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Featured Movie Reviews

Whiplash


One of the best films I've seen in a long time, WHIPLASH is an outstanding showcase of great acting, powerful and unpredictable storytelling and terrific music.

JK Simmons won this years Best Supporting Actor Academy Award for his performance as legendary (or infamous?) Music instructor Fletcher, the most feared man at a prestigious music conservatory.

Fletcher thinks that the worst words in the English language are "Good job" as they extinguish the human drive to be better.

When quiet young drummer Andrew is chosen by Fletcher to be in his studio band, he experiences the most demanding teaching methods on the planet.

Fletcher is profane, physically and verbally abusive and potentially worst of all, seductive, drawing you close before he destroys your spirit.

JK SImmons is amazing as Fletcher. Every subtle movement and nuance of this man is built to drive people to greatness at ANY cost.

Miles Teller matches him note for note as Andrew. He's a quirky loner who listens to Buddy Rich, appears to have no friends in NYC, goes to movies with his father (Paul Reiser in a quiet, emotional performance) and thinks he has his life planned out.

Teller is a fantastic drummer, both he and his character put a lot of blood, sweat and tears into trying to please Fletcher.

As Fletcher's demonic drive focuses on Andrew, both teacher and student will discover some things about themselves. That sounds like a Hallmark card, but trust me when I say that the brilliance of WHIPLASH is that it's anything but predictable and sappy.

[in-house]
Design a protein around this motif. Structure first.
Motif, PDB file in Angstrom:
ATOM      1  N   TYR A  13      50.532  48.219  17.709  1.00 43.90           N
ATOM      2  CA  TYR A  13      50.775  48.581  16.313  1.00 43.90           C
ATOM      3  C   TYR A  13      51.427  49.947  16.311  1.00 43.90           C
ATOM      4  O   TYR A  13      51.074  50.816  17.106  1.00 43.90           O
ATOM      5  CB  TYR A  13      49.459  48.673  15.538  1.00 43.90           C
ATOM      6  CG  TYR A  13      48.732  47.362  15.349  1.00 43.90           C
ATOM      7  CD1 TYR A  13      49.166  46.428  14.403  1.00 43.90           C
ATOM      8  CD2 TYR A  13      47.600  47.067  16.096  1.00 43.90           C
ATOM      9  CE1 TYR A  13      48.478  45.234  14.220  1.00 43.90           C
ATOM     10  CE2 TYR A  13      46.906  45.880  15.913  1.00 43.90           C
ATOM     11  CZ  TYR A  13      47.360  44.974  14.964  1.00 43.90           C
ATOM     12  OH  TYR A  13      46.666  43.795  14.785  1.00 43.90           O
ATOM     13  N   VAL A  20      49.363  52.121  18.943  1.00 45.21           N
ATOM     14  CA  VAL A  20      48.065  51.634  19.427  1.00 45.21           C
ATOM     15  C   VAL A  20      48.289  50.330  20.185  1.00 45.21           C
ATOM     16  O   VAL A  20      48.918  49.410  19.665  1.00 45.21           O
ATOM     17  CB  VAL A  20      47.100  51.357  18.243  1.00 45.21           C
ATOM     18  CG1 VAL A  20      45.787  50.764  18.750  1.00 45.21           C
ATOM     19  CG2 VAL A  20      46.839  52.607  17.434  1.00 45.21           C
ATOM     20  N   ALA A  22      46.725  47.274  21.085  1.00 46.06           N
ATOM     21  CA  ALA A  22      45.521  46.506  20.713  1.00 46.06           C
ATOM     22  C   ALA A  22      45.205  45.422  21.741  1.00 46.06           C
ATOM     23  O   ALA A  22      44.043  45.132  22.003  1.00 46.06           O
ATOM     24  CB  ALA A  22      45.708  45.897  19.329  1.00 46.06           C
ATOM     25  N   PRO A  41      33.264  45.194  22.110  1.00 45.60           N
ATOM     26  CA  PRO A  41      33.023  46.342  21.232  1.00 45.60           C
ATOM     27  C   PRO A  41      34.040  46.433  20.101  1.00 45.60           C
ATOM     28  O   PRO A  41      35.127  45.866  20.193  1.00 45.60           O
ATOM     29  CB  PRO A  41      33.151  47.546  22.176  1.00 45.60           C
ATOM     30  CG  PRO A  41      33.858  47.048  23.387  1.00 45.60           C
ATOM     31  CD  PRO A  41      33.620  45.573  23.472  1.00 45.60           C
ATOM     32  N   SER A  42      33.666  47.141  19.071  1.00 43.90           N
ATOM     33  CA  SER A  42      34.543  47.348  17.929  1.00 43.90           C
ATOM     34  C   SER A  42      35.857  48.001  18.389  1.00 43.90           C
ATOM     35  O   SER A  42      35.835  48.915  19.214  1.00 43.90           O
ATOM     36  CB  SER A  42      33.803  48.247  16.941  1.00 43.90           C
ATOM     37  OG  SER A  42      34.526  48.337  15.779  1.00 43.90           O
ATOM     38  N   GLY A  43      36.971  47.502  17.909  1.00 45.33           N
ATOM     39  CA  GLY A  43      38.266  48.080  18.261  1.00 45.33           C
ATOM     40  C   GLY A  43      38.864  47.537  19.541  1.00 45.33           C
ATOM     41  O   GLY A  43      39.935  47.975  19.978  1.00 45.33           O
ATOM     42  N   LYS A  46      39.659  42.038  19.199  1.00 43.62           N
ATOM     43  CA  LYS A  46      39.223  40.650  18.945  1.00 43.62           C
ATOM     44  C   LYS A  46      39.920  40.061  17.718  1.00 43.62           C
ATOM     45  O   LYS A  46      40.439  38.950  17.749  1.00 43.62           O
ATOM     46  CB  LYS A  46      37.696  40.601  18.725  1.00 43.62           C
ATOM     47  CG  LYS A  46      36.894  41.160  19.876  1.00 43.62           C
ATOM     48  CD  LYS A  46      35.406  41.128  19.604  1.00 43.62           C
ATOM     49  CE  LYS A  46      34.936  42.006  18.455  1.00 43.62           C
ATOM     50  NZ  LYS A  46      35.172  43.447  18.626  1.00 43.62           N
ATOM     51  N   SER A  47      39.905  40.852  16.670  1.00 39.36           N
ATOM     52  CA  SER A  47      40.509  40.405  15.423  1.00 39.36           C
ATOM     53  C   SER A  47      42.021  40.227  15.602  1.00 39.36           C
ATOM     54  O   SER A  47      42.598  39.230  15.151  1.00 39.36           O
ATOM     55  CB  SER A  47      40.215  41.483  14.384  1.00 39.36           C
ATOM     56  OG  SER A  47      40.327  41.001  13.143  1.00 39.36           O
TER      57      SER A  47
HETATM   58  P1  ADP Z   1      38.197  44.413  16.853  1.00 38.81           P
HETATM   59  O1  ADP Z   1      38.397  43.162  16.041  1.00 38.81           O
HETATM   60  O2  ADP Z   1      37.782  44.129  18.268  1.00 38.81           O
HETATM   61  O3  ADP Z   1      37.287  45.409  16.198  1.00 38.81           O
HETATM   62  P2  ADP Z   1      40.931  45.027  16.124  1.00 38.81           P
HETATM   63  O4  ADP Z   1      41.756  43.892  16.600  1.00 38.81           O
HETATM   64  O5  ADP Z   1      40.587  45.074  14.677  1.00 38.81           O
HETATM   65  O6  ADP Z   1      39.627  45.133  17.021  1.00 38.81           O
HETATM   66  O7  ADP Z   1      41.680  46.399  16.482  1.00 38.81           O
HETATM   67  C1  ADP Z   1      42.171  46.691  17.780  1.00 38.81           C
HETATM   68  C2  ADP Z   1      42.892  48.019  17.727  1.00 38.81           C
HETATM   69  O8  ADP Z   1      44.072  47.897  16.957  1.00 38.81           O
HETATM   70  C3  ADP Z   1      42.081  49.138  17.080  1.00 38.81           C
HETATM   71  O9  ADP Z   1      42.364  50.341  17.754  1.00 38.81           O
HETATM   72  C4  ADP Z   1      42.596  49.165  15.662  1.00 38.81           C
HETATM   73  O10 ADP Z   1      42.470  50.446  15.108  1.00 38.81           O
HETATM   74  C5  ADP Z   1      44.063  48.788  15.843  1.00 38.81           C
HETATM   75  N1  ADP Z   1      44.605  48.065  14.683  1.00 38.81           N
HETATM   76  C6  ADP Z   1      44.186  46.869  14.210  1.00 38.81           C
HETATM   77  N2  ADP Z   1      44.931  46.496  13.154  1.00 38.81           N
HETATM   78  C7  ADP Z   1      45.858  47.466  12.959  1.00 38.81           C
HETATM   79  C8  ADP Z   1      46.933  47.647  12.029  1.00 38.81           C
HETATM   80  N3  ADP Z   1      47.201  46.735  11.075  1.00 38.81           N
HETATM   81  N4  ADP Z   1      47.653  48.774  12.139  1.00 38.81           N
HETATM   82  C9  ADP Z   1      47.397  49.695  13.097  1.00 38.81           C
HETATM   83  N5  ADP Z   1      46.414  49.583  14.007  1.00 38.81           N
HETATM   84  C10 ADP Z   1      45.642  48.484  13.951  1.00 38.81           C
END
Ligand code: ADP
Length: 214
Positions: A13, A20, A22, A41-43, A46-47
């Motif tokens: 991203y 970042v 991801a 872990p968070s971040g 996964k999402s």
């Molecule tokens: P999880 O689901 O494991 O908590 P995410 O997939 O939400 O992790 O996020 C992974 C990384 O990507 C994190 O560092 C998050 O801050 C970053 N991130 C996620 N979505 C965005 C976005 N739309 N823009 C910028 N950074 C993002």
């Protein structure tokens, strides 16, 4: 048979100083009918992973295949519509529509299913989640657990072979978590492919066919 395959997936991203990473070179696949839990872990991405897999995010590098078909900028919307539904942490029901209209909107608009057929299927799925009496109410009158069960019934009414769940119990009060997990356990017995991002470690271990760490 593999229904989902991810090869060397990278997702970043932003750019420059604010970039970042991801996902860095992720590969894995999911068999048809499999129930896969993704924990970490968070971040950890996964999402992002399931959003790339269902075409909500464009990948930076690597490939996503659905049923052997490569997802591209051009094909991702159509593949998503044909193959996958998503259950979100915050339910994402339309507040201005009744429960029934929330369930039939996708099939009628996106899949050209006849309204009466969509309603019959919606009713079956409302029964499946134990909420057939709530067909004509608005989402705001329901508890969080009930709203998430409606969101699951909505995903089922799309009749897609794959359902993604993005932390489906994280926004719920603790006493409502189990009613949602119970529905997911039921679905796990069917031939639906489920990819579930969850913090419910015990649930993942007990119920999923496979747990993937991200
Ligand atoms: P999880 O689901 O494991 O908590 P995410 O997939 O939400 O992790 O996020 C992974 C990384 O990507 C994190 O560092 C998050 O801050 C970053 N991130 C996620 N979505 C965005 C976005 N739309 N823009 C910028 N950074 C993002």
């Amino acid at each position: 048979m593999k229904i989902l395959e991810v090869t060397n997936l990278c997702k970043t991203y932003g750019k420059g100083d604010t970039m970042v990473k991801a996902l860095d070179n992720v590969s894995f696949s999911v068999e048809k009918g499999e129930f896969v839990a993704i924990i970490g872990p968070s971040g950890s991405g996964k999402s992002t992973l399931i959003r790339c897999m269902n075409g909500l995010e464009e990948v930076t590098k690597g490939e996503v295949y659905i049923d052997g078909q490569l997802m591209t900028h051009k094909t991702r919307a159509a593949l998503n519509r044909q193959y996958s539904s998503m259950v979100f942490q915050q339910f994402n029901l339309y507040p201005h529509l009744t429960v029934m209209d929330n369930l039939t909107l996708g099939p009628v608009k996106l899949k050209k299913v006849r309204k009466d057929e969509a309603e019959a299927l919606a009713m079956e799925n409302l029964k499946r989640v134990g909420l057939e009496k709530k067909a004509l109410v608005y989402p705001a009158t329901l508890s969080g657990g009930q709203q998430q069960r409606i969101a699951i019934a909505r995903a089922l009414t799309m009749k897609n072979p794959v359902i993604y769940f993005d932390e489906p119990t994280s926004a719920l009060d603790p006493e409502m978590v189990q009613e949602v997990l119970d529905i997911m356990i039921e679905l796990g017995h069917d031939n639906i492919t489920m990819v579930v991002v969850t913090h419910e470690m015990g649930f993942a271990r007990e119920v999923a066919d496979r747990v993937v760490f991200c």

I walked in thinking it was going to be one of those mentor movies like Gossett/Gere in 'Officer and a Gentleman" but I was really surprised by the film more than once.

Credit Writer/Director Damien Chazelle, who absolutely knocks it out of the park in only his second film as a Director. Chazelle beats the hell out of you. He seems to be able to capture true Jazz and music on film and just when you think you know where he is headed, slaps you across the face like Fletcher when you are playing, but "not in his tempo".

The last fifteen minutes of WHIPLASH is so great, I went back and watched them again twice in a row.

It's a brilliant, powerful ending that one critic called "jaw dropping". I think that's a hard description to live up to, but it fits here.

Crank up your surround sound system as the music is the third star of the film, standing shoulder-to-shoulder with Simmons and Teller.

I literally FELT the music in the incredible final scene, it dives deep into your bones.

This is the best movie I have seen in a long time.

WHIPLASH soars. A+

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